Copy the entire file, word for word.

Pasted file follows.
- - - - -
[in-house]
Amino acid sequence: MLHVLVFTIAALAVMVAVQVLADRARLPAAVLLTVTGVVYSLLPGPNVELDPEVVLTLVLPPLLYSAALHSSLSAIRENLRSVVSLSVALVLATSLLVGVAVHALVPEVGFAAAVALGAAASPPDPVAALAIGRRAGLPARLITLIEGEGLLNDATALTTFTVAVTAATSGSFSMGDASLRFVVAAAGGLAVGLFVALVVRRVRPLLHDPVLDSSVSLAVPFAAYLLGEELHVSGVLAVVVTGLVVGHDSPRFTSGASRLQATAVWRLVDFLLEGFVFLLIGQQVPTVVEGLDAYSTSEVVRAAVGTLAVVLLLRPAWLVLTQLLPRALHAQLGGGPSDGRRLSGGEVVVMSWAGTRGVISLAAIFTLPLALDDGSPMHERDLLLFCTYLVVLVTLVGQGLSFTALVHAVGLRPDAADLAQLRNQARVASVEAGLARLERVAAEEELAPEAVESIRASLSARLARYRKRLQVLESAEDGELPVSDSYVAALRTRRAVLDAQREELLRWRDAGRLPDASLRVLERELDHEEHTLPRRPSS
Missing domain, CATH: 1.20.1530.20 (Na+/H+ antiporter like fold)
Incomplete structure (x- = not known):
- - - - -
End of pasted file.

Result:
[in-house]
Amino acid sequence: MLHVLVFTIAALAVMVAVQVLADRARLPAAVLLTVTGVVYSLLPGPNVELDPEVVLTLVLPPLLYSAALHSSLSAIRENLRSVVSLSVALVLATSLLVGVAVHALVPEVGFAAAVALGAAASPPDPVAALAIGRRAGLPARLITLIEGEGLLNDATALTTFTVAVTAATSGSFSMGDASLRFVVAAAGGLAVGLFVALVVRRVRPLLHDPVLDSSVSLAVPFAAYLLGEELHVSGVLAVVVTGLVVGHDSPRFTSGASRLQATAVWRLVDFLLEGFVFLLIGQQVPTVVEGLDAYSTSEVVRAAVGTLAVVLLLRPAWLVLTQLLPRALHAQLGGGPSDGRRLSGGEVVVMSWAGTRGVISLAAIFTLPLALDDGSPMHERDLLLFCTYLVVLVTLVGQGLSFTALVHAVGLRPDAADLAQLRNQARVASVEAGLARLERVAAEEELAPEAVESIRASLSARLARYRKRLQVLESAEDGELPVSDSYVAALRTRRAVLDAQREELLRWRDAGRLPDASLRVLERELDHEEHTLPRRPSS
Missing domain, CATH: 1.20.1530.20 (Na+/H+ antiporter like fold)
Incomplete structure (x- = not known):